Kannangara also claimed that despite continuous complains against the culprits following the incident the police have so far failed to take any action against the group carrying out the illegal operation.

Commission of inquiry to grill Colombo Mayor
Colombo Mayor Mohamed Imthiaz will face the commission of inquiry headed by retired judge Dr. Chandradasa Nanayakkara on Tuesday July 10.
The inquiry will take place at the chief minister’s office at 10. 00 a.m.
For the first time the Mayor would be forced to face retired judge of the court of appeal Dr. Chandradasa Nanayakkara who has been called upon to inquire into ten charges leveled against the Mayor.
Though the Mayor sent his reply in April itself, the commission was not satisfied with the answers, hence the inquiry on Tuesday.
The Commission was appointed under Section 2 (2) of the statute of the authority of supervision of administration of local bodies number 4 of 91 of the western provincial council by the chief minister.
One of the principal charges against the Mayor is the financial violation in regard to the extension of contract on solid waste for a period of two years without the sanction of the finance committee.
Among the other charges is the supply of food parcels during the recent floods in May.
Accordingly the council has paid a sum of rupees eight million for 102, 174 food parcels also without the approval of the council.
The Nation reliably learns that though the money was paid to the council members, not all of them had actually distributed food parcels to the flood victims.
This payment was done pending council approval. But when it came before the council the council rejected this.

Brattskar to bid adieu soon
Norwegian Ambassador to Sri Lanka Hans Brattskar is completing his term in August this year and will return to Oslo.
The outgoing Ambassador is scheduled to visit Hambantota, Sigiriya and Kilinochchi before his departure from Colombo.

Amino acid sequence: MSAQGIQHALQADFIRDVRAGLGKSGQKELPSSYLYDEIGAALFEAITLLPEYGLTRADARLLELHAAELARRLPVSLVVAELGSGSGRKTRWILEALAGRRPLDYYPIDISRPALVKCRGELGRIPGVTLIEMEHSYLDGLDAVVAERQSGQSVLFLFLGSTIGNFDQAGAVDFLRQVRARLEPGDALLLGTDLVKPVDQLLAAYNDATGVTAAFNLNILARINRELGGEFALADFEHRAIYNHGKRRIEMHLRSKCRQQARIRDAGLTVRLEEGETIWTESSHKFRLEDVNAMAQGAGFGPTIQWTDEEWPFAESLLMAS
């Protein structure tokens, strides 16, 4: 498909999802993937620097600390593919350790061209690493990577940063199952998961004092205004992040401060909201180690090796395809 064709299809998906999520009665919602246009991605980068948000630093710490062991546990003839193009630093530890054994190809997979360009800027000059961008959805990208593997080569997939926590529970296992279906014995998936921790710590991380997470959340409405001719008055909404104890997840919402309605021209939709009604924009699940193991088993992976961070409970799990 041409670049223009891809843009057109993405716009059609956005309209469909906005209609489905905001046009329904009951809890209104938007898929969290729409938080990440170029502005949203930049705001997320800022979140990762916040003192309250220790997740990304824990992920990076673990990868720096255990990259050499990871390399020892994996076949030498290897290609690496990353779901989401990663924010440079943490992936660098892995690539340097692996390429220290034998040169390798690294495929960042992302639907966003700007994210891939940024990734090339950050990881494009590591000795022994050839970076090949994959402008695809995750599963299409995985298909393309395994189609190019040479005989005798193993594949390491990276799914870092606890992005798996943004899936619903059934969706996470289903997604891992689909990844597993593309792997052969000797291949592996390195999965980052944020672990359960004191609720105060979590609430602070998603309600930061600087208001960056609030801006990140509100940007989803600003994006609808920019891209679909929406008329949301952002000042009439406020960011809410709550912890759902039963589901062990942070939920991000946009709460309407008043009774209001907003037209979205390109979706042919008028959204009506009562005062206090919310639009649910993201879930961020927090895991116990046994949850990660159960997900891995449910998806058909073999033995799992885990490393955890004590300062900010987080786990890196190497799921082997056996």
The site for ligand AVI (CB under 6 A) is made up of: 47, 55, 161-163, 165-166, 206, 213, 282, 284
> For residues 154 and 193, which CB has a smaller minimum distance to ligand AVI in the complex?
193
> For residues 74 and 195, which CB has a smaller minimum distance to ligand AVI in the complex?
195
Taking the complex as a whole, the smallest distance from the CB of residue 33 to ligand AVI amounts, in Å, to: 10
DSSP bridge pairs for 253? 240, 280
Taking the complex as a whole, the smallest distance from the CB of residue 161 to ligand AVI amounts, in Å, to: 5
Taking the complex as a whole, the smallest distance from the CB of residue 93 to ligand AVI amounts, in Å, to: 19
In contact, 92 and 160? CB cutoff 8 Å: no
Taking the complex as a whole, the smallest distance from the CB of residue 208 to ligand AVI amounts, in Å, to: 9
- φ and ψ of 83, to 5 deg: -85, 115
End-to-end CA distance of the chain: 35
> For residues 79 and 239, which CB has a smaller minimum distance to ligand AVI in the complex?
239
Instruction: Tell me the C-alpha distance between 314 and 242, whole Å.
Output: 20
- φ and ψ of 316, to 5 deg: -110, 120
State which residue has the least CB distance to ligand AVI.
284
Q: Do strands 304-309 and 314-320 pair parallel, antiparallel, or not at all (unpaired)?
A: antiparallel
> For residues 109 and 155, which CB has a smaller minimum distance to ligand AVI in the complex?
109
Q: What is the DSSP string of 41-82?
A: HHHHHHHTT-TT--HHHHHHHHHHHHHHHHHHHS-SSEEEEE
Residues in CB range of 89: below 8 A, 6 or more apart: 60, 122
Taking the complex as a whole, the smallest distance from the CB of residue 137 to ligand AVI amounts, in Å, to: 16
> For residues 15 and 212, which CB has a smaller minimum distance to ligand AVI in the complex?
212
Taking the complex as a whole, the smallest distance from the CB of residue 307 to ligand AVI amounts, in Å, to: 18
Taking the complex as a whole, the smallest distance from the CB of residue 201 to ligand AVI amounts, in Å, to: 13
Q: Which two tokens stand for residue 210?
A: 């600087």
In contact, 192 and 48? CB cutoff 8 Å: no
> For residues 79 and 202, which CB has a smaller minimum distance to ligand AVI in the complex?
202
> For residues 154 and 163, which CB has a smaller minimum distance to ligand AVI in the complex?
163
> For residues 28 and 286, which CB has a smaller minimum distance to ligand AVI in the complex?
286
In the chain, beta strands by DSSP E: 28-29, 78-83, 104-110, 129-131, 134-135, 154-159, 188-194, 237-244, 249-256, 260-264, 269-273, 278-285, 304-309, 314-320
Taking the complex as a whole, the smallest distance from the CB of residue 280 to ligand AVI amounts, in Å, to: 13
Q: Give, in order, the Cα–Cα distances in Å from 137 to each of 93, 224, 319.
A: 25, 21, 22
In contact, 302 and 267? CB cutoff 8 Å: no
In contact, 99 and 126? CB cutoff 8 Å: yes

Diplomatic sources told The Nation that he wants to inspect projects undertaken by Norway and Norwegian Agency for Development Cooperation (NORAD) in these areas before he bids adieu.
Brattskar who met with President Mahinda Rajapaksa recently had dismissed media reports that Norwegian special peace envoy Jon Hanssen-Bauer is planning to visit Sri Lanka.

Man who injected poison arrested
Nawagamuwa police on Friday arrested a suspect believed to be involved in killing a man after injecting him with poison.
The suspect H. Manjula Priyankara was produced before Kaduwela Magistrate Lakmal Wickramasuriya who ordered the suspect to be remanded.
According to police, the victim, L. A. D. Amarasena from Hewagama, Kaduwela was killed after injecting him with poison.
The suspect had been arrested by the police following a statement given by the victim before he died.
Earlier when the case was taken up at the Colombo Chief Magistrate Court, Nawagamuwa police informed the Court that they are conducting investigations to apprehend the other suspects who were involved in killing.
Additional Magistrate Manjula Thilakaratne directed the Colombo Chief Judicial Medical Officer to conduct a special post mortem over the death of the victim.
Nawagamuwa police appearing for the complainant told the Court that they were able to take the syringe into custody which was allegedly used for the killing. The police informed the Court that they have forwarded the syringe to the Government Analyst for a comprehensive report.





When the tough gets going